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What is HTTP/3?
HTTP/3 is the next generation protocol for exchanging information on the World Wide Web. It is now moving into production and support is growing amongst browsers. For example, our LiteSpeed web servers support it and the Safari 14 browser enables it by default.
QUIC was originally a Google effort to improve HTTP/2 by transporting it encrypted over UDP. In 2016, the IETF began working to standardize the protocol. Part of that process involved splitting QUIC into the transport protocol (QUIC) and the application protocol (HTTP/3).
What are the benefits of HTTP/3?
- – Faster Page Loads – A study by Google found that using QUIC accelerated search results by 3.6 percent and YouTube load time by 15 percent
- – A More Stable Connection – HTTP/3 continues sending data when one of its connections gets interrupted.
- – More Secure – Connections are encrypted by default.
Why do HTTP/3 and QUIC matter?
HTTP/3, which uses QUIC as a transport layer, is a new, improved version of HTTP. Web infrastructure technology (web servers, web browsers, etc.) are being updated to support HTTP/3, and take advantage of HTTP/3’s speed, reduced latency, better handling of packet errors, and built-in encryption.
How do I enable it on my website?
It is now enabled for all websites hosted on Aspiration Hosting’s servers. If the visitor’s browser supports it, our servers will use HTTP/3.
How can I test my website with HTTP/3?
You’ll need to enable HTTP/3 in your browser. Then visit your website on Aspiration Hosting. View these instructions for your browser.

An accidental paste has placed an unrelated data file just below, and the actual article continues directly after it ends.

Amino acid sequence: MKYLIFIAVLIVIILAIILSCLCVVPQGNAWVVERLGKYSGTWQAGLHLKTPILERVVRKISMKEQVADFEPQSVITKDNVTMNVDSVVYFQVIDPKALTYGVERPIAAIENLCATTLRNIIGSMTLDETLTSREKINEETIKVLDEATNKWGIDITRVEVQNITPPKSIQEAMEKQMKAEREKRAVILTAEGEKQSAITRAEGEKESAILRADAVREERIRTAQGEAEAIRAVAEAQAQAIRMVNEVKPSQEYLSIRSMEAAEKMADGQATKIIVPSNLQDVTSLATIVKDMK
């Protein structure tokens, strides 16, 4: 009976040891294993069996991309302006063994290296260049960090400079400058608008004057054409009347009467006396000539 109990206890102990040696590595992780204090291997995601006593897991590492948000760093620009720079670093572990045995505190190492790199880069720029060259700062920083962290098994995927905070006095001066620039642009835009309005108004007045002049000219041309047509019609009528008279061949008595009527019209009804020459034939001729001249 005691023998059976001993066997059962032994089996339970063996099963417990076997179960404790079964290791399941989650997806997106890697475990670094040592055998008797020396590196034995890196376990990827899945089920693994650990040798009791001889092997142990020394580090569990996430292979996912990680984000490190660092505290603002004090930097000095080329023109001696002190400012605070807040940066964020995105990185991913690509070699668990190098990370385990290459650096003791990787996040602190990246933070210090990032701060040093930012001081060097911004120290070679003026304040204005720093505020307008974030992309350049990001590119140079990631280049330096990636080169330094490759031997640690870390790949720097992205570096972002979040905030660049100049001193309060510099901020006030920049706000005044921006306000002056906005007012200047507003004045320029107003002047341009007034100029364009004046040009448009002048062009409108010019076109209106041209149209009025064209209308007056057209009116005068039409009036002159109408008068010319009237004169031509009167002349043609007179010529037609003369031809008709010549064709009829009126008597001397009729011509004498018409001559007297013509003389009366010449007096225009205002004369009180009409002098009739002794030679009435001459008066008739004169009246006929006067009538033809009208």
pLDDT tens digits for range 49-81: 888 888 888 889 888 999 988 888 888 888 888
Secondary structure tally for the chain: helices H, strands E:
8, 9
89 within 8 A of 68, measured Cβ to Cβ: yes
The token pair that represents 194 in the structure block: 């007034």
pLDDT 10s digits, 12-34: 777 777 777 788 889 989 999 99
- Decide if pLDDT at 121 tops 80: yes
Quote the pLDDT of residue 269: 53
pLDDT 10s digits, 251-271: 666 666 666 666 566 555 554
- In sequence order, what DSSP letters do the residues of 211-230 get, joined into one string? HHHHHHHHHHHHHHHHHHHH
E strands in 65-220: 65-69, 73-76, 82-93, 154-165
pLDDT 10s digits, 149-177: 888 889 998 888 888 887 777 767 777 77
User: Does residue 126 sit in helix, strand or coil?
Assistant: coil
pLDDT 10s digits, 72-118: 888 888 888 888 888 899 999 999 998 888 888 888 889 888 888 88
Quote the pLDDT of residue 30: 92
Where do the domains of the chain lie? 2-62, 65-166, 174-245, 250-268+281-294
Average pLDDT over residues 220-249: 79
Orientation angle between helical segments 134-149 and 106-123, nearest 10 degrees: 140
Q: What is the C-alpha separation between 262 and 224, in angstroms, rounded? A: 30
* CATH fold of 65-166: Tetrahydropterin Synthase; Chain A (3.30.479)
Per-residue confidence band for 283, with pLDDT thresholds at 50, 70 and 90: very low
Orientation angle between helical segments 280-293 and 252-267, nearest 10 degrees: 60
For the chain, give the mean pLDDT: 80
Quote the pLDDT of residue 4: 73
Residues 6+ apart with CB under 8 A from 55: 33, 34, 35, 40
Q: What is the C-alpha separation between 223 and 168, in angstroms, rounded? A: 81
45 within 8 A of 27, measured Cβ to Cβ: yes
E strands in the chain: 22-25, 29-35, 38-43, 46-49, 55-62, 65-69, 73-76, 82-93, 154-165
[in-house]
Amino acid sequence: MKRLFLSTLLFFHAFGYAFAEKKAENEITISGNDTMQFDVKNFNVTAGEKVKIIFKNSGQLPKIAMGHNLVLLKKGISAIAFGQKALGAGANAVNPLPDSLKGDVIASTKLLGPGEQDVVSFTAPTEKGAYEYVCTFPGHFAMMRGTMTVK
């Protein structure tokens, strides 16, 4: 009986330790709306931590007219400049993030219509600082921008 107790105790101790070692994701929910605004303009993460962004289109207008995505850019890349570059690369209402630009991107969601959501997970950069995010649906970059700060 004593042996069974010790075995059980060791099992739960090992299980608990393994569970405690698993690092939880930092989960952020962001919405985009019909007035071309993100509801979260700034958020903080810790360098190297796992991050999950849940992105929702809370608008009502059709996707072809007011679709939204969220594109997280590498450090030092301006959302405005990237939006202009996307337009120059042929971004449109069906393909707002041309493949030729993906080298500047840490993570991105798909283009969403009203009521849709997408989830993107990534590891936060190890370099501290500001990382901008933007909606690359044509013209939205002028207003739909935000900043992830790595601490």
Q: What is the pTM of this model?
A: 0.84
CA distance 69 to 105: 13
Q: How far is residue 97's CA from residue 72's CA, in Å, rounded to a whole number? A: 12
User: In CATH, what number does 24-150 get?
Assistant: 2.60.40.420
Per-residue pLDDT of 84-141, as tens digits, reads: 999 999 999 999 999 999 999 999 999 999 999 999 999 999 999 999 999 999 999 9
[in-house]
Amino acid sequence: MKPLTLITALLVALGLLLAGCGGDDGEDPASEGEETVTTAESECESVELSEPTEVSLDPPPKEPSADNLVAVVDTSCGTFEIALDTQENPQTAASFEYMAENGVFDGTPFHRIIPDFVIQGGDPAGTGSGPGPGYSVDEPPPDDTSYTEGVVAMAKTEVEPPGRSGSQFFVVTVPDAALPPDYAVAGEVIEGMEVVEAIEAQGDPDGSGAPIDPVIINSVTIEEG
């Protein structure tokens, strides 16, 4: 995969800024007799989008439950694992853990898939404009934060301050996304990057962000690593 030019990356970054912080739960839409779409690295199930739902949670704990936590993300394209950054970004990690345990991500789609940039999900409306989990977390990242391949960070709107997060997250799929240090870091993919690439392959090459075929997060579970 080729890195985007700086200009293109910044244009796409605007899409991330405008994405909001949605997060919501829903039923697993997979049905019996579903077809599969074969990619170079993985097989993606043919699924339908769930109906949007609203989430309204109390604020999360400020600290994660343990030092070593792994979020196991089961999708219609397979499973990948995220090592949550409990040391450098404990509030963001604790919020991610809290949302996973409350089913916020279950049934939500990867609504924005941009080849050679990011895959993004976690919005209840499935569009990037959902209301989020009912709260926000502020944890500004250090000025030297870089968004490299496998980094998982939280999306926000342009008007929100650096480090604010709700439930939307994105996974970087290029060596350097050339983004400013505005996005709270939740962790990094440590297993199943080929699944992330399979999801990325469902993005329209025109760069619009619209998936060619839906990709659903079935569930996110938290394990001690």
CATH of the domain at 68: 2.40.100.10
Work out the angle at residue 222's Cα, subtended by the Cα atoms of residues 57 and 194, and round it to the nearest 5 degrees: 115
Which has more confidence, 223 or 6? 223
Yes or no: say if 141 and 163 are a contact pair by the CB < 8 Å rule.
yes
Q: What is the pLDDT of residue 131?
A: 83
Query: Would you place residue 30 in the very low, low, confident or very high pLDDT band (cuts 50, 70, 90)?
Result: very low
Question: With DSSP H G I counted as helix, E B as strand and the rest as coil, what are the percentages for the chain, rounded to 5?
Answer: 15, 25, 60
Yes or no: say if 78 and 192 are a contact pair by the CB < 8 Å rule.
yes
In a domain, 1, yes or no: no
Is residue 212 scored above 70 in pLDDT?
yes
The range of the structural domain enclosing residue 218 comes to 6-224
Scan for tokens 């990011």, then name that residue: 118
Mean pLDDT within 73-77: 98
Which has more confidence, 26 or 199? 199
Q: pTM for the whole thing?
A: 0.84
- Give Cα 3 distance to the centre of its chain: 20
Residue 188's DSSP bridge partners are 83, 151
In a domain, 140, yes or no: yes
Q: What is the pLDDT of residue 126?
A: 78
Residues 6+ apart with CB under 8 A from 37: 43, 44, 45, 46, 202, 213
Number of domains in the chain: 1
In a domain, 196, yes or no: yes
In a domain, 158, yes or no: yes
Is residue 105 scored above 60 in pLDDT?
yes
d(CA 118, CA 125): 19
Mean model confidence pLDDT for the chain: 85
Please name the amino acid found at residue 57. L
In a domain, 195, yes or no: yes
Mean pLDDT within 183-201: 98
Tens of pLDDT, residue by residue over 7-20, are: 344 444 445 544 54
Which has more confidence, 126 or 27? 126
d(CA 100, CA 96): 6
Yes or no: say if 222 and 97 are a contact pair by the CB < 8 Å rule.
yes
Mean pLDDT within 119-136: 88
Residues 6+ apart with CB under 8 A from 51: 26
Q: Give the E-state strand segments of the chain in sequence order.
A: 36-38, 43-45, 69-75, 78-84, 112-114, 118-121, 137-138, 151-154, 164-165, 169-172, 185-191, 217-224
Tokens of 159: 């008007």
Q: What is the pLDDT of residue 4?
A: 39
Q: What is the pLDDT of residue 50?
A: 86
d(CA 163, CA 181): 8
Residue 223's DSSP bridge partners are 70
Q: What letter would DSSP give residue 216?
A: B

Which browsers support HTTP/3?
Experimental versions of Microsoft Edge, Mozilla Firefox, and Google Chrome support HTTP/3 behind a feature flag (for desktop as well as mobile versions of Firefox and Safari), and Safari 14 on macOS Big Sur enables support for HTTP/3 by default. Currently about 5% of visitors use HTTP/3 by default.
Will HTTP/3 replace HTTP/2?
No. HTTP/2 and HTTP/3 work in a similar way, but HTTP/2 uses TCP, while HTTP/3 uses UDP-based QUIC as the transport protocol. HTTP/3 support is optional. When enabled, HTTP/3 can fall back to HTTP/2 or HTTPS if not available.
Is HTTP/3 faster than HTTP/2?
It depends. From the end-user-experience point of view: Yes! A user may feel that HTTP/3 is serving the site more fluently than HTTP/2. This is particularly true when the network conditions are less than optimal.
From a cost-of-service point of view: No! HTTP/3 costs more CPU cycles to push the same amount of traffic as HTTP/2. Though, this cost is likely to shrink as operating systems optimize their UDP subsystems.
Got more questions? Contact us!